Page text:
0:56:09.3 PA: And I think that to me is a great, let's say, final question to land this is in terms of the flow, Natasja, we were involved in a retreat together for some time. You host your own retreats. There's a pretty standard prep experience integration and that pretty standard prep experience integration, it's typically oriented for, at least with the retreats that we did, they were more like wellness retreats. They didn't have necessarily the specific lens of leadership. So I'd love if you could just talk a little bit... And Ali, maybe I'll go to you just first and then Natasja can kind of land after you, how do you think about prep experience integration as it relates to this retreat, as it relates to leadership, as it relates to regenerative stewardship? So to say. Just even for those who are listening at home and who are thinking about these new models of leadership who are maybe just gonna work with medicine themselves, how might they approach that frame to prepare for an experience to have it themselves and then to integrate afterwards within this context of embodiment of stewardship, of listening, these sorts of things?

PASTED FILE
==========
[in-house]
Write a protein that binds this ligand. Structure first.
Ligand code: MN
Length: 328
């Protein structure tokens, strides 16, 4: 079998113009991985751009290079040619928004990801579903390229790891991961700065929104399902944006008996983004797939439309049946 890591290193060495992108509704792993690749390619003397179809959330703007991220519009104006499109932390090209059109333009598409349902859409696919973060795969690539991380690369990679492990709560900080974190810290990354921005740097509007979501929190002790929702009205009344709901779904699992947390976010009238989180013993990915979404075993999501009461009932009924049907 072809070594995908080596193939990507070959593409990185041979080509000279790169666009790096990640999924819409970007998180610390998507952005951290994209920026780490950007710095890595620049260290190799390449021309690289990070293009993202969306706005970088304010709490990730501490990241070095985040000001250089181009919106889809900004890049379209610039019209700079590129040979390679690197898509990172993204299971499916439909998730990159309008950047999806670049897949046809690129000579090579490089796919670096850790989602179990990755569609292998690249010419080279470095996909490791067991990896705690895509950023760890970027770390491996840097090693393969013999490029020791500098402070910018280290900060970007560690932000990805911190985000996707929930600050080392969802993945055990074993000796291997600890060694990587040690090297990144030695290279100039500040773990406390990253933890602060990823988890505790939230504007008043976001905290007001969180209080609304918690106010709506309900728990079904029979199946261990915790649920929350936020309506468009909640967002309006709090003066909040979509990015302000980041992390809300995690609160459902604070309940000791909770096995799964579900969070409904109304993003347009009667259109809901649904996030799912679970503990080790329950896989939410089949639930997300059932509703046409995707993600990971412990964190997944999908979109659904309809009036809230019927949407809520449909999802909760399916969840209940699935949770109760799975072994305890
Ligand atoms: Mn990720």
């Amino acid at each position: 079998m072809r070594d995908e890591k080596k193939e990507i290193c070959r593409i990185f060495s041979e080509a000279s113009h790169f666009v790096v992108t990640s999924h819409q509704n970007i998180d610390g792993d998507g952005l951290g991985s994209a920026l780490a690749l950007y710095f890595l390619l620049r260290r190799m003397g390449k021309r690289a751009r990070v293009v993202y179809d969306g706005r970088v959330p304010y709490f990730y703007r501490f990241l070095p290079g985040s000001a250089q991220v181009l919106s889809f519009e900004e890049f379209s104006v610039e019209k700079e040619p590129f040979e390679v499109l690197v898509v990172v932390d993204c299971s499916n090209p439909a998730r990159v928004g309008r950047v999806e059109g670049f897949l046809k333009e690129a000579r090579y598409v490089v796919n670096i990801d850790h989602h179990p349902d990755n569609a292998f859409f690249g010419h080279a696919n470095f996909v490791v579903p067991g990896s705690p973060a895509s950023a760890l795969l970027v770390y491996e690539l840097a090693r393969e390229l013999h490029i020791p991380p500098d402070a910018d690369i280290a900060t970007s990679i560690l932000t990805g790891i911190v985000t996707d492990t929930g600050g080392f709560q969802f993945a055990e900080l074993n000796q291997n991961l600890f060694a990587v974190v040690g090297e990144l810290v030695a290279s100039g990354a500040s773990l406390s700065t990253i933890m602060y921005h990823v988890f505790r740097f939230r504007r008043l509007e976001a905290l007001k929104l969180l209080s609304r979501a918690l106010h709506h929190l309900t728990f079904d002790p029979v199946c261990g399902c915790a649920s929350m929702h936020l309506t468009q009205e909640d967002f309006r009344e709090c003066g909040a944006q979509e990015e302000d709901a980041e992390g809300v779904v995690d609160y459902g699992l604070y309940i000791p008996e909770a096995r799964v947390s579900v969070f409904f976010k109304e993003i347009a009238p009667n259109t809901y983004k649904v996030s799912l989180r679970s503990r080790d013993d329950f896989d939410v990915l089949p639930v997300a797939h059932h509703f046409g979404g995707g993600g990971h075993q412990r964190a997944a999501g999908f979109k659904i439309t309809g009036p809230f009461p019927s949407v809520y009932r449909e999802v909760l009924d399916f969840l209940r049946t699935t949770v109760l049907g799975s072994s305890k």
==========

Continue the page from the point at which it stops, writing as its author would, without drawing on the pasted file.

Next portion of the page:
0:57:30.9 AB: Yeah, that's a good question. So, I don't wanna lay out a sort of a protocol for people to do at home, but I will talk about the general kind of ethos of it. And the first thing I would say is that these different aspects, preparation, actually being in the space and then being in the ceremony and then integrating afterwards, they're all one thing that's connected with itself, right? So I think that's a good way to think about it. It's all one process. And I think the word process is also really, really important because process implies a kind of journey and growth and a constant change and a constant unfolding that just doesn't really ever end in some sense. We can have closure over a particular aspect of things, but it's also nonlinear. For example, I've had experiences, psychedelic experiences which I integrated, so to speak, a year and a half later sitting on a couch and just being like, "Ah, oh my God." It wasn't that I was necessarily working intensely on that particular issue for a whole year and a half. It was just like maybe in the back of my mind, what did this mean when this happened in that experience? And like, every now and again, it would be kind of gnawing at me and I'd kind of wrestle. A lot of the process in my view of good psychedelic integration is patience and also deep listening we've talked about and being okay with not quite knowing and wrestling.